The development of grain-based biofuels has provided us with some great illustrations of the Law of Unintended Consequences. The shift to corn-based ethanol to wean us away from our dependence on oil certainly seems like a good idea - after all, what could go wrong? Ethanol is easy on the environment and will allow us to wean ourselves away from our dependence on petroleum and Middle Eastern sources of supply.
Well, it's not that simple. Ethanol and other bio-fuels are made from grain. The increased demand for these commodities drives up their price which is good for farmers, but bad for consumers, and absolutely disastrous for the third world poor who rely on grains like corn for food.
Here's an example I came across recently which shows how tinkering with one part of the economic web produces consequences completely unanticipated and unwanted elsewhere in the system: The increase in corn price due to demand for biofuels recently caused a large poultry operation to lay off hundreds of workers because they could no longer afford to buy feed for their chickens. Evidently chicken food is no longer chicken feed.
Paul Krugman lays out the problem in a bit more detail and spares us the bad puns in the New York Times:
Where the effects of bad policy are clearest, however, is in the rise of demon ethanol and other biofuels. The subsidized conversion of crops into fuel was supposed to promote energy independence and help limit global warming. But this promise was, as Time magazine bluntly put it, a "scam."
This is especially true of corn ethanol: even on optimistic estimates, producing a gallon of ethanol from corn uses most of the energy the gallon contains. But it turns out that even seemingly "good" biofuel policies, like Brazil's use of ethanol from sugar cane, accelerate the pace of climate change by promoting deforestation.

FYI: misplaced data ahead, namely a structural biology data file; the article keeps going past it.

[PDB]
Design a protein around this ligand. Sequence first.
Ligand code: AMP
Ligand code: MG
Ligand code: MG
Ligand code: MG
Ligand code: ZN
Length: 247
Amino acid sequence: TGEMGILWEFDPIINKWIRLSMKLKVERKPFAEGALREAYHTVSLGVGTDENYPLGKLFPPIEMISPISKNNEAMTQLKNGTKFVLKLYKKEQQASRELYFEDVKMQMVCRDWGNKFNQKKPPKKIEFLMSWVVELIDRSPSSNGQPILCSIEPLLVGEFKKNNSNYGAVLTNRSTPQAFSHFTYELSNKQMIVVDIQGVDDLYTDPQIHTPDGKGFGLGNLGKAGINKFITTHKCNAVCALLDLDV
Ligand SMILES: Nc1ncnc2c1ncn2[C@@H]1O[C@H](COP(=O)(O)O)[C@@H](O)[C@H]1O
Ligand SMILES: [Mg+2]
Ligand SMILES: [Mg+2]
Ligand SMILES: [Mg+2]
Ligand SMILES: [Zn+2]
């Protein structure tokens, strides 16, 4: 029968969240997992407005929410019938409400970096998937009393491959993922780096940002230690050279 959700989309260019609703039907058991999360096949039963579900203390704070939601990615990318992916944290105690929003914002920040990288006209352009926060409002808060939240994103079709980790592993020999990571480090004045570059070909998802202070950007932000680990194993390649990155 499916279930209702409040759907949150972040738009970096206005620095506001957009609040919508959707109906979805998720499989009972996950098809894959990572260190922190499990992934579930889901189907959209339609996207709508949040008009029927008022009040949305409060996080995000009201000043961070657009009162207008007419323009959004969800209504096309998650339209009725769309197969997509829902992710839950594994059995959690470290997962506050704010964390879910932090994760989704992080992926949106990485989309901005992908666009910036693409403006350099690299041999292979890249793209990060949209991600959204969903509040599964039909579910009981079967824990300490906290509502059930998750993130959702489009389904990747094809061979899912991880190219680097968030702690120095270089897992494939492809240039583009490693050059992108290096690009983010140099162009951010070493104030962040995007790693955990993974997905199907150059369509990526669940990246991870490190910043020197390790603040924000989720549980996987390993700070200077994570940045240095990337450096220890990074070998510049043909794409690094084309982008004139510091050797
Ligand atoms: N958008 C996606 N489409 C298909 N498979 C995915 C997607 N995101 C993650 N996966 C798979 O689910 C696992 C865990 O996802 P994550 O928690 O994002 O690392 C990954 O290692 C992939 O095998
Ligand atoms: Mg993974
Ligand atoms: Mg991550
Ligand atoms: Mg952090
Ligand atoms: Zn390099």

And meanwhile, land used to grow biofuel feedstock is land not available to grow food, so subsidies to biofuels are a major factor in the food crisis. You might put it this way: people are starving in Africa so that American politicians can court votes in farm states.
Oh, and in case you're wondering: all the remaining presidential contenders are terrible on this issue.
There's a lot of other interesting stuff in Krugman's piece. For example, did you know that we are in a world food shortage partly because the Chinese, having moved toward a market economy, are becoming more affluent? This means they're eating more meat which increases the demand for feed grain on the world market which means the price goes up, and poor people in the third world have to go with even less food for themselves and their families than the meager portions they were previously able to scrabble together.
What's the lesson? Exploit the oil reserves we have off-shore and in Alaska that Democrats in Congress have placed off-limits. Increasing the supply of oil would drive down its price which would lower agricultural and transportation costs associated with grain and provide a boon to the poor both at home and abroad. Indeed, reducing their cost of living may be the best way to bring relief to people who exist on the edge of starvation.
So why are Democrats, the self-proclaimed party of compassion, opposed to drilling?
Check out Krugman's column at the link.RLC